Now a team led by researchers at the Duke Cancer Institute have identified a cellular process that cancer cells hijack to hoard cholesterol and fuel their growth. Identifying this process could inform the development of better ways to control cholesterol accumulation in tumors, potentially leading to improved survival for prostate cancer patients.
The findings are published online this month in the journal Cancer Research.
“Prostate cancer cells, as well as some other solid tumors, have been shown to contain higher cholesterol levels than normal cells,” said senior author Donald McDonnell, Ph.D., chairman of the Department of Pharmacology and Cancer Biology at Duke. “All cells need cholesterol to grow, and too much of it can stimulate uncontrolled growth.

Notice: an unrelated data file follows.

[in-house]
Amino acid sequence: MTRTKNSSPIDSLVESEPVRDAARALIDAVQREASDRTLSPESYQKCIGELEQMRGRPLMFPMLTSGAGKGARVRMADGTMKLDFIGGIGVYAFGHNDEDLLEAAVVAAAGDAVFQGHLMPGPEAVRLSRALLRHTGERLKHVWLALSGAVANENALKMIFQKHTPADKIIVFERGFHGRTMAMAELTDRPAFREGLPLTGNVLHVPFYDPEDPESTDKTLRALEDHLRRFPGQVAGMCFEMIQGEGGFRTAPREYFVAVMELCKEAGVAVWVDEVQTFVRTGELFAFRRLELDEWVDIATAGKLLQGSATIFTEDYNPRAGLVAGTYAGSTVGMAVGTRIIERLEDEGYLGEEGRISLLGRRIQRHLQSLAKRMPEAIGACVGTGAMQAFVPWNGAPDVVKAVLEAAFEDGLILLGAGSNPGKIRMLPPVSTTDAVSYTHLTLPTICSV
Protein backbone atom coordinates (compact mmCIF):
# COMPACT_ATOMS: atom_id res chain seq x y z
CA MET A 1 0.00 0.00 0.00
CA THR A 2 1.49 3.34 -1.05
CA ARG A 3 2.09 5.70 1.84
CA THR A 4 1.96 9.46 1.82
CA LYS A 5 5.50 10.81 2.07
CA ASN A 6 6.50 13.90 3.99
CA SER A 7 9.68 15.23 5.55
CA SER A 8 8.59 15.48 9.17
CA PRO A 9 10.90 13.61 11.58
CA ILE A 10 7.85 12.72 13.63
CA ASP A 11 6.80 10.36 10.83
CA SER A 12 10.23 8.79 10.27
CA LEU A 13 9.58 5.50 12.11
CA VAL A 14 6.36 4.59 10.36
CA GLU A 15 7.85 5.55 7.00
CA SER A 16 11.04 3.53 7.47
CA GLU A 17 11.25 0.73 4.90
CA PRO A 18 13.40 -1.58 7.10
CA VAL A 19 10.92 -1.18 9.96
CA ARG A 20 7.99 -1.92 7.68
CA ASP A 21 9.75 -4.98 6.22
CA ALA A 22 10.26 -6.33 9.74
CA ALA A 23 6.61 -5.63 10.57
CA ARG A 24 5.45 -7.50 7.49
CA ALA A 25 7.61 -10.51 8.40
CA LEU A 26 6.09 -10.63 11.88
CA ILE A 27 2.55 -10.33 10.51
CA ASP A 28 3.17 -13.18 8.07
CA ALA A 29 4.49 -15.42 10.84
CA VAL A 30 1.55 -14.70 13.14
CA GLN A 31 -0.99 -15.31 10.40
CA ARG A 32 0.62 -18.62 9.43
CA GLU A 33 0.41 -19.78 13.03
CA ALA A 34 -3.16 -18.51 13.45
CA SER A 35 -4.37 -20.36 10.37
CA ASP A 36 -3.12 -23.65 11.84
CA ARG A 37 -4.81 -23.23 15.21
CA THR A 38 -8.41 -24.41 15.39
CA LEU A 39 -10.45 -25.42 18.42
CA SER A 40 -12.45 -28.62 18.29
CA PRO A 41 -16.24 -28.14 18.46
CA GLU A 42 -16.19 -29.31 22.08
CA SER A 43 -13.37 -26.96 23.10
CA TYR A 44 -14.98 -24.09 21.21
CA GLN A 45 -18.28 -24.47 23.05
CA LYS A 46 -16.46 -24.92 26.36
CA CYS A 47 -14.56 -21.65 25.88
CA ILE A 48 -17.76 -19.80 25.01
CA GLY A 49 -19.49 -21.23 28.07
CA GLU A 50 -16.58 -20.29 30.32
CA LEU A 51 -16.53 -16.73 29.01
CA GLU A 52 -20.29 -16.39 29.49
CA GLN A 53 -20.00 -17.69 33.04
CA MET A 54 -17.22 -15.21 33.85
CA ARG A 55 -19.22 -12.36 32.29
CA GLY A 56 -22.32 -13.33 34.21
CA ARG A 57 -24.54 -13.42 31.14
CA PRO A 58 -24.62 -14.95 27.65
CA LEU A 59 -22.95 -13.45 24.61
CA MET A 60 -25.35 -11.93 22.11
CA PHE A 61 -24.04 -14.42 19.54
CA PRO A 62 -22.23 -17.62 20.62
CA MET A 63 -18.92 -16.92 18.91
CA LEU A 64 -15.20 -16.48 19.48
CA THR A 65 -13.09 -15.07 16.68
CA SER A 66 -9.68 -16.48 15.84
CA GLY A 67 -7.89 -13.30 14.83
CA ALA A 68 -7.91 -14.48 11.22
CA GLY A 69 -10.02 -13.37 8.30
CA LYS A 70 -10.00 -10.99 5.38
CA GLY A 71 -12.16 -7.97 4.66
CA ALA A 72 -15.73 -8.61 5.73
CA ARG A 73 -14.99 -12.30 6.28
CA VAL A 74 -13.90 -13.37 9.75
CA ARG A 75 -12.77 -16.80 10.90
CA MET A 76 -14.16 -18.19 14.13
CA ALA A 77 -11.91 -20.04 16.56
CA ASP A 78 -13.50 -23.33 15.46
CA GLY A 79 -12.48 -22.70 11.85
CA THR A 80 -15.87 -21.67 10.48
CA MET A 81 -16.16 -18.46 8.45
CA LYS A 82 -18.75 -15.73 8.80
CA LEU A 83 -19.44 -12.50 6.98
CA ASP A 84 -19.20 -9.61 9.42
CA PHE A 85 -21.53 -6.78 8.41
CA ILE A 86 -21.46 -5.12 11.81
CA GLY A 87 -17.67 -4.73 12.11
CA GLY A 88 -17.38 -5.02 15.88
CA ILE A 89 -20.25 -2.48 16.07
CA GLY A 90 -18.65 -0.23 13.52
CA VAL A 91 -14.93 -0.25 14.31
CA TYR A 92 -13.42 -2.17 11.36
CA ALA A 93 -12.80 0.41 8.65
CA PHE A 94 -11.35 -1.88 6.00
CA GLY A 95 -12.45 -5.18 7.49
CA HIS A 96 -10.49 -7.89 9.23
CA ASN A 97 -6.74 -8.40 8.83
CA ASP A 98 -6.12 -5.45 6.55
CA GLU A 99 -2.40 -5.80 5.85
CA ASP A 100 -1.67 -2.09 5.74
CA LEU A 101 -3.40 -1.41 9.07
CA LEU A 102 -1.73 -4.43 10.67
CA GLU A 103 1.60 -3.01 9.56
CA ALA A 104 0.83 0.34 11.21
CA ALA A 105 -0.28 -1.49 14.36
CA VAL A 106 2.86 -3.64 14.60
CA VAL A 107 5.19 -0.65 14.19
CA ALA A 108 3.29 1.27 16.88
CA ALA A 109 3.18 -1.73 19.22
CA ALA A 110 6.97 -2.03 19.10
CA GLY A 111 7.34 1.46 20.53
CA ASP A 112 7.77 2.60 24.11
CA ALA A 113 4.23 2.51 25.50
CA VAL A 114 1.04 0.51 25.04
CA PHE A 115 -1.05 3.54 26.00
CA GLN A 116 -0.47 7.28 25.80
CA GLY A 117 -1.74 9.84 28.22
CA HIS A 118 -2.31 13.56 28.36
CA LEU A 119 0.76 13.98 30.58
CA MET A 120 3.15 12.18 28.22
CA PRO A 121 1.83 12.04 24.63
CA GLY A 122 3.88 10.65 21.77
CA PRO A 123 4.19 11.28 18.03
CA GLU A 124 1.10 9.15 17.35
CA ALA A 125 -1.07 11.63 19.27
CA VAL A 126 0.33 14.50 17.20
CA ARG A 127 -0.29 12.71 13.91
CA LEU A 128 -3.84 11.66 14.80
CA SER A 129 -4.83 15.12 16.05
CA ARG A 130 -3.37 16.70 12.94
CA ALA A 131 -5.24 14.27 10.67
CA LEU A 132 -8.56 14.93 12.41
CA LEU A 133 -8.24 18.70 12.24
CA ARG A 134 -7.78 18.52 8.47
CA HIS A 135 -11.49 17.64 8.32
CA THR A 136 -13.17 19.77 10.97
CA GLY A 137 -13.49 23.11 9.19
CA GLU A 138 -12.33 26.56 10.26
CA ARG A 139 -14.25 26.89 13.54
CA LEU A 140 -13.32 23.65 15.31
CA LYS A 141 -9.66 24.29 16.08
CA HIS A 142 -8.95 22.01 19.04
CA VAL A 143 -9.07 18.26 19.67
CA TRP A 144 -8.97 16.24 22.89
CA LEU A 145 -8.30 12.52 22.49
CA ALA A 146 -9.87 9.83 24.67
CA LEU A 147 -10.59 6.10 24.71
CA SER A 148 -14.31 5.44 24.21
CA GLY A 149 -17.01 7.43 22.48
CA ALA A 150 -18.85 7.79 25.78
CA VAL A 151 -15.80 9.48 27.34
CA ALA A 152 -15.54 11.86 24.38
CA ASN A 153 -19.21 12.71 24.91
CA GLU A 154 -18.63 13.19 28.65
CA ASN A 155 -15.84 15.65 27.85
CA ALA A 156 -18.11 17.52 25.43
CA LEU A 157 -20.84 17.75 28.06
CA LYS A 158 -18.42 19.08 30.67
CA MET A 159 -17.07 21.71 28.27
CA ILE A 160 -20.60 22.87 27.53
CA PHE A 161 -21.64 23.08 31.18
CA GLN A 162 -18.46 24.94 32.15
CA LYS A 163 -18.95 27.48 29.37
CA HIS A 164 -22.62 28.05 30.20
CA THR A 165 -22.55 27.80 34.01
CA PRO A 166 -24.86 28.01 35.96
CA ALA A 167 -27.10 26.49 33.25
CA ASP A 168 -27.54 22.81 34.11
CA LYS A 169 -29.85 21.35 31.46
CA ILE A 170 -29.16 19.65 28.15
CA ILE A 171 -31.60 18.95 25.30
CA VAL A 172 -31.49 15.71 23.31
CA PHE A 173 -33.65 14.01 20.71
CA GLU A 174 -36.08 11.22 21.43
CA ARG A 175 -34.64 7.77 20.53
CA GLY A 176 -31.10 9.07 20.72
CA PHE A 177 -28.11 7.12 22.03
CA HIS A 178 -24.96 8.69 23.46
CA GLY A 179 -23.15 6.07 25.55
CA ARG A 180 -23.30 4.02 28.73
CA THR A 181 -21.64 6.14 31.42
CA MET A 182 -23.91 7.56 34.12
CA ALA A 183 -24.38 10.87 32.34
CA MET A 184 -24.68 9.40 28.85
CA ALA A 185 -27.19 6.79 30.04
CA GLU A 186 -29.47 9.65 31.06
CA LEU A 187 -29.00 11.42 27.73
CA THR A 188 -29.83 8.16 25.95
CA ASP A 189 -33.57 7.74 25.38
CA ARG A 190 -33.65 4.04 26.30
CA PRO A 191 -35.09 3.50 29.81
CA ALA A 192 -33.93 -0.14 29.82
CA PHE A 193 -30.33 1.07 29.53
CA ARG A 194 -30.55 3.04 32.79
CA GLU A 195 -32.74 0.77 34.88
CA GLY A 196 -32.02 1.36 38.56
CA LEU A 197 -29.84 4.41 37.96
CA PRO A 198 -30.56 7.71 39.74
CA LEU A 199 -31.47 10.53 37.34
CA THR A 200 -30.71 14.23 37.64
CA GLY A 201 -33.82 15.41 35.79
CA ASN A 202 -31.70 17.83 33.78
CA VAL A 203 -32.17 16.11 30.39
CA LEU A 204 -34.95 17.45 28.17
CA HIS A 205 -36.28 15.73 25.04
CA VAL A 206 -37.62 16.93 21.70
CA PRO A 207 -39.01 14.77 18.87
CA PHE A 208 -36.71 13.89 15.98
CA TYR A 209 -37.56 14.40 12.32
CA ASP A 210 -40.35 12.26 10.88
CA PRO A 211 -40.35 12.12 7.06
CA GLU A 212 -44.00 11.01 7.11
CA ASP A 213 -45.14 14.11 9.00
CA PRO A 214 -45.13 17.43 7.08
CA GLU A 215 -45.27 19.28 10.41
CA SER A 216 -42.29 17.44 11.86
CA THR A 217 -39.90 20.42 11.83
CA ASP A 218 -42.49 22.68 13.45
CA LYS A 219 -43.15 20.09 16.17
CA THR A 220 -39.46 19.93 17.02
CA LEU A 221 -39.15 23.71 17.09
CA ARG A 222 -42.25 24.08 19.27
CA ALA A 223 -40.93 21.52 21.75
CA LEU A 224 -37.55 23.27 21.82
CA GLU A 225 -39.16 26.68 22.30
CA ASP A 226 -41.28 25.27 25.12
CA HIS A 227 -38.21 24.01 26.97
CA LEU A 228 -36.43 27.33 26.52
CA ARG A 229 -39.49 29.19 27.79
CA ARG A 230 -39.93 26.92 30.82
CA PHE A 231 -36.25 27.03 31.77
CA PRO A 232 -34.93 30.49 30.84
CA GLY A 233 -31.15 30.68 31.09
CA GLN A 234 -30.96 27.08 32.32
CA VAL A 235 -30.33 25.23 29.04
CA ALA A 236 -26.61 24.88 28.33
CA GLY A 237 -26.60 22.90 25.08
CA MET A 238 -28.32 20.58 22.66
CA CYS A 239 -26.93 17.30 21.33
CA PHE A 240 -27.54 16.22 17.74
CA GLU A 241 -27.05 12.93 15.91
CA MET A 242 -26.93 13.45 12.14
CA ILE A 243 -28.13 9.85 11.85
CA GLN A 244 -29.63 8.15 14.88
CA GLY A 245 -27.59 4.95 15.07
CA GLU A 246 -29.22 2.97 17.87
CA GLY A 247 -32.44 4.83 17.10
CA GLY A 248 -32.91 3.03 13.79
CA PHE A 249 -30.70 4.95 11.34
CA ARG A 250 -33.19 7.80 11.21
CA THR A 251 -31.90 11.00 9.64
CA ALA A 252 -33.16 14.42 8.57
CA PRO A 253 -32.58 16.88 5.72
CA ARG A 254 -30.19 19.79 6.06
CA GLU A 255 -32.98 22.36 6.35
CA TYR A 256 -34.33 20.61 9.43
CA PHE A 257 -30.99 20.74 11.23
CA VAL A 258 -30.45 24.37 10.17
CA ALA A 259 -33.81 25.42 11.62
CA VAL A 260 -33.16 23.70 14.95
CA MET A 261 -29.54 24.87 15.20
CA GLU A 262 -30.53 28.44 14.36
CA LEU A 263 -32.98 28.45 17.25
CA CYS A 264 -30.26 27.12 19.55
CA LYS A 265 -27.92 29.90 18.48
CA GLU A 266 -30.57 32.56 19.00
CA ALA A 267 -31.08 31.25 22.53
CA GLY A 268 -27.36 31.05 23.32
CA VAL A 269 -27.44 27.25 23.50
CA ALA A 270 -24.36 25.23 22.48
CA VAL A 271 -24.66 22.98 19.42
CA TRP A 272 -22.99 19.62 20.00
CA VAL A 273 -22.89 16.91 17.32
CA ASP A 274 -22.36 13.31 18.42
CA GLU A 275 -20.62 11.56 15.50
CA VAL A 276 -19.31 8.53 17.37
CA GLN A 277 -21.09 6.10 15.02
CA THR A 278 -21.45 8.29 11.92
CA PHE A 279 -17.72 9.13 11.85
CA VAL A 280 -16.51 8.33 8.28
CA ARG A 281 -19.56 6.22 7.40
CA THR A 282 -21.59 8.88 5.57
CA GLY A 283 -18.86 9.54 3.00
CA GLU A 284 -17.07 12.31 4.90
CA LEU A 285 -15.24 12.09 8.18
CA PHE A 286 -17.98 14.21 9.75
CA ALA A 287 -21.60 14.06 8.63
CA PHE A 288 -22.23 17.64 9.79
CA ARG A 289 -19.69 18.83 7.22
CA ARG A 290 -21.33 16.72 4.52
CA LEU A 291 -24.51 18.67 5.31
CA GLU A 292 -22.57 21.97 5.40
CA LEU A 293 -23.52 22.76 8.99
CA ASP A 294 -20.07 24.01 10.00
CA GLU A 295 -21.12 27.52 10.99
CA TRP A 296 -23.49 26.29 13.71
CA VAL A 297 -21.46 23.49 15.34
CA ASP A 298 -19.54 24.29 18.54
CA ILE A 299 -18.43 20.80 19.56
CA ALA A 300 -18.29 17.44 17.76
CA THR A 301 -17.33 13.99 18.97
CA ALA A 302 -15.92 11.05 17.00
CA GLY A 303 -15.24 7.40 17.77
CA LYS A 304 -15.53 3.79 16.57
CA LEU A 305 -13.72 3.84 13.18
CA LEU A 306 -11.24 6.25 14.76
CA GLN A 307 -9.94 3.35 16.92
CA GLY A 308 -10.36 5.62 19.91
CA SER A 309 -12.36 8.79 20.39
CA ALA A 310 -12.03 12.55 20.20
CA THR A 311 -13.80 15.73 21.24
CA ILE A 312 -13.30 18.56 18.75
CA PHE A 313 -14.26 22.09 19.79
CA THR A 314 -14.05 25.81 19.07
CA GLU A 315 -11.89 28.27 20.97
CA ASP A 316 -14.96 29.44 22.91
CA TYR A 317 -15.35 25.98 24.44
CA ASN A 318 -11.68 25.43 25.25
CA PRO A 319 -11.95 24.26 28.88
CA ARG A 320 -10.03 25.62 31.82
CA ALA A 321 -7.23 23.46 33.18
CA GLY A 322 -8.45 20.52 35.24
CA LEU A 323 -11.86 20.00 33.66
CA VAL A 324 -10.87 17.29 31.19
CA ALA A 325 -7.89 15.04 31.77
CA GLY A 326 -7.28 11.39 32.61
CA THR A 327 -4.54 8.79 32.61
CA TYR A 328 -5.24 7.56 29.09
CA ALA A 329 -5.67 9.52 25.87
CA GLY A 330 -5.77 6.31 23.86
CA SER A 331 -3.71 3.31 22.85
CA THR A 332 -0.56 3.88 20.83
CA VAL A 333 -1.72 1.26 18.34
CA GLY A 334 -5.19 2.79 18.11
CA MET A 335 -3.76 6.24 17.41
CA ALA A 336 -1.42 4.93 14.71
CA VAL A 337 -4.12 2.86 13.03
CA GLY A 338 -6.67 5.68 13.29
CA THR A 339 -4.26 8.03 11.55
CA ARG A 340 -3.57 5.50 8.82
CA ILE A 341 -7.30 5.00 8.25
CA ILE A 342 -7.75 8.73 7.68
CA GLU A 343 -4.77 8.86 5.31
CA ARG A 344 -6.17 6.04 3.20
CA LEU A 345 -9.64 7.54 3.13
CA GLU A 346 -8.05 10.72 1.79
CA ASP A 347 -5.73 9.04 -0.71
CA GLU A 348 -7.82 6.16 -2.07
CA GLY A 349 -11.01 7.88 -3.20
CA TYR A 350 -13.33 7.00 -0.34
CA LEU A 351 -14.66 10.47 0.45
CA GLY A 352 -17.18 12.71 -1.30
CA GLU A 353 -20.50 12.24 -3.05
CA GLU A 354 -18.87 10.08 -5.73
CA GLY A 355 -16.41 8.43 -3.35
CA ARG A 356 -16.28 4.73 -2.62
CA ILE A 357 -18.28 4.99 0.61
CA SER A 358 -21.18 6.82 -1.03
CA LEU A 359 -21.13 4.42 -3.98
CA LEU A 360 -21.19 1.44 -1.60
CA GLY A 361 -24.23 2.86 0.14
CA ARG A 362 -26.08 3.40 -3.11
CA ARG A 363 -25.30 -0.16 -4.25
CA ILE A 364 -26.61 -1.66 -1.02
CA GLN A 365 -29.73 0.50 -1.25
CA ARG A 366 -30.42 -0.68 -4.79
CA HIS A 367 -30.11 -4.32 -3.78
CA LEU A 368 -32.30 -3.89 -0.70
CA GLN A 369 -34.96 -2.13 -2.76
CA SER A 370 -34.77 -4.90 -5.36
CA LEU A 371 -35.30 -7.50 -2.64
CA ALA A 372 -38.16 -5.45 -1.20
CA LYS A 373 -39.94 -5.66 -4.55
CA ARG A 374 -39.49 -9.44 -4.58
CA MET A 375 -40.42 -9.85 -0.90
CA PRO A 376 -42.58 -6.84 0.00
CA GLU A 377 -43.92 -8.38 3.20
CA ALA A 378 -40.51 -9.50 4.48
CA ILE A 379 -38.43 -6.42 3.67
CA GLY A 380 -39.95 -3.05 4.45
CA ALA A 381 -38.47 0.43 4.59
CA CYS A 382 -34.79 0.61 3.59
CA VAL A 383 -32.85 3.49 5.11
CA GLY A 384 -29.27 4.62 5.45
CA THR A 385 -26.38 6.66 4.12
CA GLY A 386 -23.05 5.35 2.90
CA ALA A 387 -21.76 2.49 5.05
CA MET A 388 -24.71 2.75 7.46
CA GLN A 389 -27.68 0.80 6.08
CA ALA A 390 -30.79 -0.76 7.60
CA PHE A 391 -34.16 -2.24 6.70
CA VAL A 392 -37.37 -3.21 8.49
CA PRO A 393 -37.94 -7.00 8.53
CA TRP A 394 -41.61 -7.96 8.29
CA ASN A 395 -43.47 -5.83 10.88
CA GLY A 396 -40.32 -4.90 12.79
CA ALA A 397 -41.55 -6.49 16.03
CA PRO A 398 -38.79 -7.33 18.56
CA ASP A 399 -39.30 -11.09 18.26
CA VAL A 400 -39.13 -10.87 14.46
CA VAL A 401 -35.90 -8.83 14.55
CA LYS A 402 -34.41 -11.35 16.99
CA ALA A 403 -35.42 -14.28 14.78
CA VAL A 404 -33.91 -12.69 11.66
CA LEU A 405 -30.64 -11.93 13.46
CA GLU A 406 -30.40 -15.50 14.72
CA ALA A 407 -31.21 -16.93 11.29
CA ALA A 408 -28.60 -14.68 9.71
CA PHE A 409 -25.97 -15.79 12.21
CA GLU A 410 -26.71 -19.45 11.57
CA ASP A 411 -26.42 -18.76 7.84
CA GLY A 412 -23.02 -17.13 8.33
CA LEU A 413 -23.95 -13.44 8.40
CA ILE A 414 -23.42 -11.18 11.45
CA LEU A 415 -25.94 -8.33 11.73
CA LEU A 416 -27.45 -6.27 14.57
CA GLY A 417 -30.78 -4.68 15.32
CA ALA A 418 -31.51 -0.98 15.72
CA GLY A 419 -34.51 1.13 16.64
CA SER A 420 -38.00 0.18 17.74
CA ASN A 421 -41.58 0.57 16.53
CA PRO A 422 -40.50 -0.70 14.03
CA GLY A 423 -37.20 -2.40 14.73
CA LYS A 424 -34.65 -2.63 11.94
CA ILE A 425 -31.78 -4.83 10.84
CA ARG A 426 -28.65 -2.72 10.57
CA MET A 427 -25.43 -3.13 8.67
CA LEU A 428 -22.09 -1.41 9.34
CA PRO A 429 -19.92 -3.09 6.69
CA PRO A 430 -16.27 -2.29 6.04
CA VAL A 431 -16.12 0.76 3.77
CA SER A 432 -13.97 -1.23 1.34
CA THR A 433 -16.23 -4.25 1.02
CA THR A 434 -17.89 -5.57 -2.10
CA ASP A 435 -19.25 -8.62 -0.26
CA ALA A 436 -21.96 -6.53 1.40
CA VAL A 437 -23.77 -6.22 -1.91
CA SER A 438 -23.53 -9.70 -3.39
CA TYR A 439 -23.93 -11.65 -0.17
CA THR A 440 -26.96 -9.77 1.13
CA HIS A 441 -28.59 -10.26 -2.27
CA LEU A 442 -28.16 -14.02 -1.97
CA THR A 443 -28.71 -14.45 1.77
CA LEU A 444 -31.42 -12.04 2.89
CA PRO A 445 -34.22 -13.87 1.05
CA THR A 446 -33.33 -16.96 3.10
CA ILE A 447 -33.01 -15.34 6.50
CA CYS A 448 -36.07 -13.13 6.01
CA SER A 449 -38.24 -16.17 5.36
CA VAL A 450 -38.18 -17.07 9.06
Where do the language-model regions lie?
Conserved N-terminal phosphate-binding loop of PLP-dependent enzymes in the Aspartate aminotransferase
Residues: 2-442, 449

Dr. Stegall’s Comments: This is an interesting study, because we have several studies which found a correlation between low cholesterol levels and increased cancer risk. These same studies found that those with higher cholesterol had a lower risk of cancer. While no studies found causation, it does suggest a clear relationship. This begs the question: should we really be trying to get cholesterol levels so low?